Take the plot for instance. It happened to be pretty well engineered actually, with many faces and sub adventures, all of which had me guessing and kept things fresh. But this lack of investment in an overwhelming story arc made it all a little shallow too - resulting in a pretty weak ending. The same phenomenon applied elsewhere too, from the characters (all very cute, funny and interesting when considered separately, but not quite gelling together as they should in a Disney flick) to the the music (which I really liked, even though I can't remember any of them now).

Other notes: The film was genuinely, laugh out loud funny and Kristen Bell's voice acting was as awesome as she is. Oh but it may have failed the kids test overall (but what do they know anyway).

Of course an average Disney cartoon is still better than most things out there, so if you're in need of something to watch Frozen is a definite option. It's just a shame it didn't evoke the same kind of magic and poignancy that Tangled did a couple of years ago.

Wednesday, December 25


Like many other Islamic activities Hijama, or cupping, has become a bit of a fashion over the past few years. The idea behind it (essentially of using low pressure to suck out blood via some minor incisions on your skin) is pretty blunt and maybe even a little gross, but the practise is a Sunnah which for many is enough to give it a go.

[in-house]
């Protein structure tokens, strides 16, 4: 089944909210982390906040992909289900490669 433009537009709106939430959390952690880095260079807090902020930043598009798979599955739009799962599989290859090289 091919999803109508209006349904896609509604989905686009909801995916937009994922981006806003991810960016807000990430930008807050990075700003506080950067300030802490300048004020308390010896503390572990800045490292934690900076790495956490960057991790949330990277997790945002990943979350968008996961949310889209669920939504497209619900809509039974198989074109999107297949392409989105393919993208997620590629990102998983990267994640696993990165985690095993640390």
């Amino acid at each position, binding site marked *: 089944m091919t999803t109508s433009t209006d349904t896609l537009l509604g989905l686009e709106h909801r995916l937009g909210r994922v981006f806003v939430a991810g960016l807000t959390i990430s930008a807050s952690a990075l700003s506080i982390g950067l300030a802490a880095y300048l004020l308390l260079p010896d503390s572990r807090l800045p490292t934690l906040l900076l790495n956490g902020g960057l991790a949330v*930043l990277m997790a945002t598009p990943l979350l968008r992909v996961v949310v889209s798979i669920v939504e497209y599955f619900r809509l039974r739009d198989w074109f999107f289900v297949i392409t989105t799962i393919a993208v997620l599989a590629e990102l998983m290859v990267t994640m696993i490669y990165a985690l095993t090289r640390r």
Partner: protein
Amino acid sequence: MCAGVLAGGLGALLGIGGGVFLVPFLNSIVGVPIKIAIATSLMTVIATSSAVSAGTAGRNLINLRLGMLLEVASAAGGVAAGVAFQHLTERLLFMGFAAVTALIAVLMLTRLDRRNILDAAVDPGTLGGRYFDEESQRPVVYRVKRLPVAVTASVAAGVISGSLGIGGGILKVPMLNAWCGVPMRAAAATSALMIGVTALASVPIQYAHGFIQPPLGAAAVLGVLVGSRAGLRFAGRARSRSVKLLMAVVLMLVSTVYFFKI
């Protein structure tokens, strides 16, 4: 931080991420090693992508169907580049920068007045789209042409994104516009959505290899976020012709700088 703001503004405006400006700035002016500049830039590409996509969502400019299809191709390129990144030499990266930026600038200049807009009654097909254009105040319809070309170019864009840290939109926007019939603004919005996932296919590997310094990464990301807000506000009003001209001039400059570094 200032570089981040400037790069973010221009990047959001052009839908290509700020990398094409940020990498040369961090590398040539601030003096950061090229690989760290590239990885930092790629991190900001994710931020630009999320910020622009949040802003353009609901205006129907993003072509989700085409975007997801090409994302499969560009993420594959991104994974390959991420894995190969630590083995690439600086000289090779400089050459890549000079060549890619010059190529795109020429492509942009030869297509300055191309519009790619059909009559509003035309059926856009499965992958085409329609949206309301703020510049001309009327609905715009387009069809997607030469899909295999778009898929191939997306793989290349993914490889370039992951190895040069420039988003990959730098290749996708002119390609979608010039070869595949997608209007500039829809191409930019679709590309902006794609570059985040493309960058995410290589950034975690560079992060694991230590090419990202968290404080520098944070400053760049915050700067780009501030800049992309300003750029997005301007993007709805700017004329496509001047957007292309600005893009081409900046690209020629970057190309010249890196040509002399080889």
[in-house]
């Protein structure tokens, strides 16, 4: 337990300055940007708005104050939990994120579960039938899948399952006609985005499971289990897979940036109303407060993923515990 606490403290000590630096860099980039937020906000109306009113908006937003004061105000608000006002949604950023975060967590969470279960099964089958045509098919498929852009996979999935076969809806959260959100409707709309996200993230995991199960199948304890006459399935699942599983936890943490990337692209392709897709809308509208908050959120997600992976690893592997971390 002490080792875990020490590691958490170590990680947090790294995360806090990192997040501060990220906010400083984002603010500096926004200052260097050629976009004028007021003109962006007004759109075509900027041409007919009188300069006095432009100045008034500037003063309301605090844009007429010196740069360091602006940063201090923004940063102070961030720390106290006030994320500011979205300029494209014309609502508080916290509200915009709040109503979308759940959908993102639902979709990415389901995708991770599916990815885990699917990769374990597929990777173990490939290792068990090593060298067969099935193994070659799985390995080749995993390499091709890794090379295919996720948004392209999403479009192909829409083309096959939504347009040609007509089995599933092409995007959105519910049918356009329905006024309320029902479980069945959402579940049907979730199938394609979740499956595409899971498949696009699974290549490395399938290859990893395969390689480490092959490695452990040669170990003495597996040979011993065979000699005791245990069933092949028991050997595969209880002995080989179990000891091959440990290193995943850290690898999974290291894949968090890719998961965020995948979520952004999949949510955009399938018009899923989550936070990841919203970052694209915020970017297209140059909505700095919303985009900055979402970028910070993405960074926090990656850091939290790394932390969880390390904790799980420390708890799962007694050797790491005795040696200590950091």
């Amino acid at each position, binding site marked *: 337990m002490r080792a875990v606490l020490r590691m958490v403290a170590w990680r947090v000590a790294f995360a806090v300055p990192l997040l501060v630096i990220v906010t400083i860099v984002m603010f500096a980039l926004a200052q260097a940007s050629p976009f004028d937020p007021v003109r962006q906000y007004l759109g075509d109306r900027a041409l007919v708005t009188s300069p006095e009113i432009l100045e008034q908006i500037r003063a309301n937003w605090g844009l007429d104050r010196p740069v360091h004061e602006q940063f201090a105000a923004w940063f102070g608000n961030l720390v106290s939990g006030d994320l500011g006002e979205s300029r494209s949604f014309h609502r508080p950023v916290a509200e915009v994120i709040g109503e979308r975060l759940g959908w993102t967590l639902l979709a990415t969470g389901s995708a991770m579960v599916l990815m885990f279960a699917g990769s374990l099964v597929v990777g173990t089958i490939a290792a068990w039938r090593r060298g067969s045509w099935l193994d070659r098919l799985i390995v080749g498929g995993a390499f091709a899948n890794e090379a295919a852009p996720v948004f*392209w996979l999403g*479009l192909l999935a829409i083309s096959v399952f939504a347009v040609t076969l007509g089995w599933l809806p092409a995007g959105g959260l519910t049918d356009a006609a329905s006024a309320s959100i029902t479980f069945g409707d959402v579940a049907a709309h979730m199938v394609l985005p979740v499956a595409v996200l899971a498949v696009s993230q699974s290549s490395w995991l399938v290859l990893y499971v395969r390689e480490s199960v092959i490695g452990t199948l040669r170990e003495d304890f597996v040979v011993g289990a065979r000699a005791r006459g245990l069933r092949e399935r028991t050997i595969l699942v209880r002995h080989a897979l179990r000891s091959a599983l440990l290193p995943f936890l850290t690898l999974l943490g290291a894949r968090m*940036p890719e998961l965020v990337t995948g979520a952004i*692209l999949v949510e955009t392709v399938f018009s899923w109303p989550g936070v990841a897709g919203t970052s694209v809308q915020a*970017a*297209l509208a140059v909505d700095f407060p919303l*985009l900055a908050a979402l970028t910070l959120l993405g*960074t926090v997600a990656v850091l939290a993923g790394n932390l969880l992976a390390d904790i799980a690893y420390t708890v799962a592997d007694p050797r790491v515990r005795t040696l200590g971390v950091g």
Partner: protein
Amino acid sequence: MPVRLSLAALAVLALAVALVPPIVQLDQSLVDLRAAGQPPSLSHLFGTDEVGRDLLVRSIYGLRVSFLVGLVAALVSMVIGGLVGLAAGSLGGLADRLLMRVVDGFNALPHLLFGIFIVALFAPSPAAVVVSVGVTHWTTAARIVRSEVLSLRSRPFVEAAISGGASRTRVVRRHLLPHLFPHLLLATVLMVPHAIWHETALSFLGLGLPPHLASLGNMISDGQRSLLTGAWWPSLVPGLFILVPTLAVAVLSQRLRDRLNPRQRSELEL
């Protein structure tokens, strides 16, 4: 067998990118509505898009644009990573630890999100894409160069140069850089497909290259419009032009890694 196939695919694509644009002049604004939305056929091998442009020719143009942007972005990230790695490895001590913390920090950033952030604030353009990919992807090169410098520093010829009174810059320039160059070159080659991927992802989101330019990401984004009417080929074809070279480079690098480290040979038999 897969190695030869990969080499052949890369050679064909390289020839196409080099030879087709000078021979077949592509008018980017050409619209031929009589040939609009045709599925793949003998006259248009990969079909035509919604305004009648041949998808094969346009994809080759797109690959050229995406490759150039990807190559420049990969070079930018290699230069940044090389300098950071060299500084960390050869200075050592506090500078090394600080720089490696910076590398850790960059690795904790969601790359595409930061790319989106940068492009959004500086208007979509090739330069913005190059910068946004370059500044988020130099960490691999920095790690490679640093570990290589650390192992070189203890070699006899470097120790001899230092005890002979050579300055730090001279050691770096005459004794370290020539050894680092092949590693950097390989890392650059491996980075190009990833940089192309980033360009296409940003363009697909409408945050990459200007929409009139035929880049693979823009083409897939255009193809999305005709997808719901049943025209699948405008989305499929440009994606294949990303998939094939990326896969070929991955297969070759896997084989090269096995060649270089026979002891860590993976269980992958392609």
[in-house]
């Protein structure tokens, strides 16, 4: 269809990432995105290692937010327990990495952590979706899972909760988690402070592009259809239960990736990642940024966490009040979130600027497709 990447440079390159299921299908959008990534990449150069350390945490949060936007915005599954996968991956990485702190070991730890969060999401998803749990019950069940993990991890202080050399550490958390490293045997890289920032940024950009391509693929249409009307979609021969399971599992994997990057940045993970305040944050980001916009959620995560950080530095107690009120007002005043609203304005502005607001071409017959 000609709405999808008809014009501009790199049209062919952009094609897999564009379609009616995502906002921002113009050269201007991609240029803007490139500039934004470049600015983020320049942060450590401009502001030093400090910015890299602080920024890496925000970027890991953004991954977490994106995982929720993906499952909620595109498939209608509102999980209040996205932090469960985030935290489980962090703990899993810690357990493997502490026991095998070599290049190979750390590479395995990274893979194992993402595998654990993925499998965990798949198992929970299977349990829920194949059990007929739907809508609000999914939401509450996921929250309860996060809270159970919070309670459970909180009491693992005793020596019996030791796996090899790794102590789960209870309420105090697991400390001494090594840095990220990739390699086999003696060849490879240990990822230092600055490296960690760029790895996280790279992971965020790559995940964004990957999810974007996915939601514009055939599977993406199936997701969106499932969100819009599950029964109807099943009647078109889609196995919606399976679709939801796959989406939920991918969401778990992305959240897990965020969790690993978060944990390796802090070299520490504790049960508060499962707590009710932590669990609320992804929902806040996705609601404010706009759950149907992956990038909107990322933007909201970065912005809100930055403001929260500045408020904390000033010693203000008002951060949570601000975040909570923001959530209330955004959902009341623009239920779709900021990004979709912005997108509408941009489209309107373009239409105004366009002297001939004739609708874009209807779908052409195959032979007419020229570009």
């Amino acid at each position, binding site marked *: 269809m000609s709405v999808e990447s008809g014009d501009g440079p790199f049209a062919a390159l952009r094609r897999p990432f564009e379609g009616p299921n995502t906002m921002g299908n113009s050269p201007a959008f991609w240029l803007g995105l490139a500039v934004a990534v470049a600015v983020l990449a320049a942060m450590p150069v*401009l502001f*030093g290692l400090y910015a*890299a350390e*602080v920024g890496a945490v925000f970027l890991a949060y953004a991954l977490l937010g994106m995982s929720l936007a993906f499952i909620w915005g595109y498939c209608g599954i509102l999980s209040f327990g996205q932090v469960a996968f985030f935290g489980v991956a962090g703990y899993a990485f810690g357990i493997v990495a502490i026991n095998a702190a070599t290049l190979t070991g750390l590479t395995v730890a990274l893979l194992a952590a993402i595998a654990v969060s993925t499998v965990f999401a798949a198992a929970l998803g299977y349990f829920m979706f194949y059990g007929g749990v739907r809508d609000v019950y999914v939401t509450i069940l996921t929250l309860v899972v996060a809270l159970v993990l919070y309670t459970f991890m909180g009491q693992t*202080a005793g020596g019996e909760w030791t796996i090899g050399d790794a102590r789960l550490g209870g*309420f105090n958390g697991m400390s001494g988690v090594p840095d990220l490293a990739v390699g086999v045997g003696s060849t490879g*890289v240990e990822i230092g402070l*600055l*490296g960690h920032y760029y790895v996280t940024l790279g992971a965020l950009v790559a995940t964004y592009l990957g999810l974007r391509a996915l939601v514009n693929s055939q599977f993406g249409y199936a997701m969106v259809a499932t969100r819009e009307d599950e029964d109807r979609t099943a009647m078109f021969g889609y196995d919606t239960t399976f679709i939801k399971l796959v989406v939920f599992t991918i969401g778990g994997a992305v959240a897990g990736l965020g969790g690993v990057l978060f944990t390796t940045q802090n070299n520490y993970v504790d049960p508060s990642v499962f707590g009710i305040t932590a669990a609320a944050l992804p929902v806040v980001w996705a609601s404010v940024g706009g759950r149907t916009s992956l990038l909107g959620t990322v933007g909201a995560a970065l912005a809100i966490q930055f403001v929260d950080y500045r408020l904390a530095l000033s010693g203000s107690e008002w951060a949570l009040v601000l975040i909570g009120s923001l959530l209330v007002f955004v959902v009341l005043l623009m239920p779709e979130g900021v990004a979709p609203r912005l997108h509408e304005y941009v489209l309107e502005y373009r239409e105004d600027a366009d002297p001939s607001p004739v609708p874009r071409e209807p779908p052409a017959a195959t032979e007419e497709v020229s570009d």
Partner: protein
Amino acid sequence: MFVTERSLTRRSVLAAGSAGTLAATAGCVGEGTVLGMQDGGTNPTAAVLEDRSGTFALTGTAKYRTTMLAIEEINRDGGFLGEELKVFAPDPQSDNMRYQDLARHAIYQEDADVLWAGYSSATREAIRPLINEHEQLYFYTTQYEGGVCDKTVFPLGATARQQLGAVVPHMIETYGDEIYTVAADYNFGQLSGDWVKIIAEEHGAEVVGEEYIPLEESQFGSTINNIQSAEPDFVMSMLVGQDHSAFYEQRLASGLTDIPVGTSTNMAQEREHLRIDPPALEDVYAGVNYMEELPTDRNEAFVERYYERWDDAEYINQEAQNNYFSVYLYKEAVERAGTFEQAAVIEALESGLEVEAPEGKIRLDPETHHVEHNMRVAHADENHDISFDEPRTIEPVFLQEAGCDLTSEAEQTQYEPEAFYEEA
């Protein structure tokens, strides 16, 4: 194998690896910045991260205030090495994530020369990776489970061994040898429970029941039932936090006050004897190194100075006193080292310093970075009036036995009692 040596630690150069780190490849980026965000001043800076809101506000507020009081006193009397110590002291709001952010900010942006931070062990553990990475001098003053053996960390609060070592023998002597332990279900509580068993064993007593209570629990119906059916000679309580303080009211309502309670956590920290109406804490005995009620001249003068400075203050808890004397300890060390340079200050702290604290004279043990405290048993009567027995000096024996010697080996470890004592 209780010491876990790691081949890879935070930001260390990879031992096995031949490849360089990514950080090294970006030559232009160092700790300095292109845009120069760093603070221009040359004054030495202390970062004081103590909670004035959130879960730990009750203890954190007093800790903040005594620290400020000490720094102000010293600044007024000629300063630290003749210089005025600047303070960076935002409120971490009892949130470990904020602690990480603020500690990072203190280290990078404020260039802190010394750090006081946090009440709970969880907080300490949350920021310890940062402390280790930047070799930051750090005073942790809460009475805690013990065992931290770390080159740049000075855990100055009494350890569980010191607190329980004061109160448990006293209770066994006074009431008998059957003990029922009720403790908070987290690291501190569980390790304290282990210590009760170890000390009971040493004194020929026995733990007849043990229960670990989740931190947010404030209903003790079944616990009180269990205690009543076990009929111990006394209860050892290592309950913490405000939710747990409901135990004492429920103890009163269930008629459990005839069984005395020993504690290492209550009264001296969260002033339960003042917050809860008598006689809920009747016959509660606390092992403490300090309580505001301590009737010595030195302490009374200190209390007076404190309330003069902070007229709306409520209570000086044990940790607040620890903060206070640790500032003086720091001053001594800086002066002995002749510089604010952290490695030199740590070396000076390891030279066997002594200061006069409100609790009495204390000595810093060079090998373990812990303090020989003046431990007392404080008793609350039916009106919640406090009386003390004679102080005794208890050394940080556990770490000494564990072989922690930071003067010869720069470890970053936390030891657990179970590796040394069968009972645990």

Our local mosque ran some Hijama sessions today, held by Dr Sheikh Muhammad Zaenal Arifin a local cupping expert whose reputation I had already heard heard about from some friends who had already visited him separately. But more on that later.

The cupping itself was more disconcerting than painful or uncomfortable. It went exactly as expected - horns were used in this session, with an initial (dry) cupping being used to draw blood to the surface, followed by a tirade of incisions by a blade to the prepared surface, after which the horns were reapplied to draw out the blood. Any weirdness I think was due to the unfamiliarity of the set up rather than any physical reason, and I was pretty astonished by the matter which was drawn out (think raspberry jelly and you wouldn't be far off).